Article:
543 posts in 3742 days

#1 posted 03-21-2011 12:18 AM

Excellent thinking. I like it when you can get something great out of things you already have.

-- Dothan, Alabama Check out my woodworking blog! Also my Youtube Channel's Facebook page

View HalDougherty's profile


1820 posts in 3714 days

#2 posted 03-21-2011 12:42 AM

Great idea! I’ve got the winch, I guess I need to check out the local junk yard for some steel.

-- Hal, Tennessee

View chodgson's profile


33 posts in 3161 days

#3 posted 03-21-2011 08:50 PM

I don’t know anything about green logs but according to:
The density of green black walnut is 57 lb/cu. ft.

Hard to account for the crotch but a perfect cylinder of 118” long by 35” diameter would be:
3.14 x (35/2)^2×118 = 113472 cu in. = 66 cu. ft = 3743 lbs.

Add the crotch to that and you could be over two tons. Nice job on the loader!

I hear those Walnut logs can be worth big bucks !!!

View Rob Drown's profile

Rob Drown

808 posts in 4310 days

#4 posted 03-21-2011 09:28 PM

looks like a well designed safe system. very cool.

-- The expectations of life depend upon diligence; the mechanic that would perfect his work must first sharpen his tools. Confucius, 经过艰苦的努力的梦想可以成真

View Div's profile


1653 posts in 3418 days

#5 posted 03-21-2011 10:38 PM

Clever thinking. I’ve been thinking of something like this for a long time. My back can’t take it anymore! Need to find or build a low bed trailer first….

-- Div @ the bottom end of Africa. "A woodworker's sharpest tool should be his mind."

View Roz's profile


1707 posts in 4264 days

#6 posted 03-23-2011 05:33 AM

Man, what a load! You really made out well on the trees. Your hoist trailer was ingenious. I saw one similar to it made by an Australian company. They were asking 12K for one at the time. Great idea, I bet that trailer was straining under the load.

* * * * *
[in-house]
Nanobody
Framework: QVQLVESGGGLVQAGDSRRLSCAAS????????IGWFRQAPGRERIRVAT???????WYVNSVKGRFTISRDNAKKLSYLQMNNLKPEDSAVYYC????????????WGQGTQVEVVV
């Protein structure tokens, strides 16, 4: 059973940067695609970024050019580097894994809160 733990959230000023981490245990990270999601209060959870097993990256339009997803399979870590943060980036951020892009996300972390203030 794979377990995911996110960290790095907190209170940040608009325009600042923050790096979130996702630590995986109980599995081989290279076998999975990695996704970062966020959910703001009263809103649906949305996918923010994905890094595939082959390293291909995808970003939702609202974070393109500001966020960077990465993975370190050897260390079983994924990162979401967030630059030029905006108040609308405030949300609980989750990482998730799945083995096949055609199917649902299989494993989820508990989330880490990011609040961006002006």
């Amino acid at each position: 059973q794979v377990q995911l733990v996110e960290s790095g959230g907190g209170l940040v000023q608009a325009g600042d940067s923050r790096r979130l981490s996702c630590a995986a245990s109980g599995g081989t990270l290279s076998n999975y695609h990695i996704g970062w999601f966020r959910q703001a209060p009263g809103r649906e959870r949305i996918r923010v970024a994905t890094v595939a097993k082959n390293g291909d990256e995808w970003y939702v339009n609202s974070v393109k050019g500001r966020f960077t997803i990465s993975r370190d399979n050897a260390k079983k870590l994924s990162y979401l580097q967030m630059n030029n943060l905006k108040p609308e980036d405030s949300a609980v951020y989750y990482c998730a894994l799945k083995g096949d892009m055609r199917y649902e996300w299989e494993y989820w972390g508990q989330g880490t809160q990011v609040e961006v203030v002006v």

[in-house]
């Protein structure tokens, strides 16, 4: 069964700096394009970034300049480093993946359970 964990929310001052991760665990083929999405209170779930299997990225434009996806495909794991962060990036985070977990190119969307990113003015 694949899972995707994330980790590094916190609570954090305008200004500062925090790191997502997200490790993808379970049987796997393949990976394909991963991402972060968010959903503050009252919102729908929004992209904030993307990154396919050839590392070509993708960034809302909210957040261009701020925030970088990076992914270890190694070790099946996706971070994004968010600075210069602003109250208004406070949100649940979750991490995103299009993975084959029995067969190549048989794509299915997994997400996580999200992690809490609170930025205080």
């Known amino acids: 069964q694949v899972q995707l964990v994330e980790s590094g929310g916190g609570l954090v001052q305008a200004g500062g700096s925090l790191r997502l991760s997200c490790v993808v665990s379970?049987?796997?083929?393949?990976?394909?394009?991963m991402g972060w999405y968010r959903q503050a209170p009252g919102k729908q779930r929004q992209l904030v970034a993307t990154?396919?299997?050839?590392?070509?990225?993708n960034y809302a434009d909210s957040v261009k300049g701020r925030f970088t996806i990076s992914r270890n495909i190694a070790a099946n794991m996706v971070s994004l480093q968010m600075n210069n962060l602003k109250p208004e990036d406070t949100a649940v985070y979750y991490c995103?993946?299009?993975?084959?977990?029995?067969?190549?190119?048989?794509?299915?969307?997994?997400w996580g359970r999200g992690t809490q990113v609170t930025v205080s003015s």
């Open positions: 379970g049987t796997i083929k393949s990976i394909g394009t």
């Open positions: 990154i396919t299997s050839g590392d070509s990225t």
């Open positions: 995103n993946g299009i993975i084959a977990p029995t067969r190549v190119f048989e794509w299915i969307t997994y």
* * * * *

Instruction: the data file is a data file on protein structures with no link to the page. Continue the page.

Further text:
-- Terry Roswell, L.A. (Lower Alabama) "Life is what happens to you when you are making other plans."

View lilredweldingrod's profile


2496 posts in 3584 days

#7 posted 03-23-2011 06:57 AM

I hope you didn’t need to pull that very far. 5 lug hub and spindles are only rated for a gross weight of 6200 pounds. That looks way over to me.

View NBeener's profile


4816 posts in 3651 days

#8 posted 03-23-2011 07:33 AM

Uh … where IS that road, and … can I swing by with my motorcycle !!!

Very cool post and pics, by the way :-)

-- -- Neil

View Built2Last's profile


234 posts in 3955 days

#9 posted 03-23-2011 02:37 PM

Thanks for the info chodgson!!!!!!!!! I was thinking it weighed around 4,000 or so. I know it is one heavy piece of wood. If I manage to saw it right, and wanted to sell it, I could probably get as much out of that one log as it cost to build my sawmill.
lilredweldingrod——- That old trailer has been hauling loads of up to 10,000 and sometimes more for around 18 years now. It has hauled outdoor furniture all over the southeast and usually hauled allthe wet treated lumber, 4 to 5 packs at a time, that was used to build the furniture. I sure it has at least a couple 100,000 miles on it. It’s been a good one.

Thanks for the great comment folks!!!!!!!!! Gotta go get another load of pine and then one more of persimmon and I hope that winds up the log hauling for a couple weeks anyway. Oh yeah, managed to get 22 free 14’ to 18 foot cypress logs yesterday that average about 12 or so inches at the small end. Also, a few aromatic cedar. See some more outdoor furniture coming out of these!!! Have a great day!!!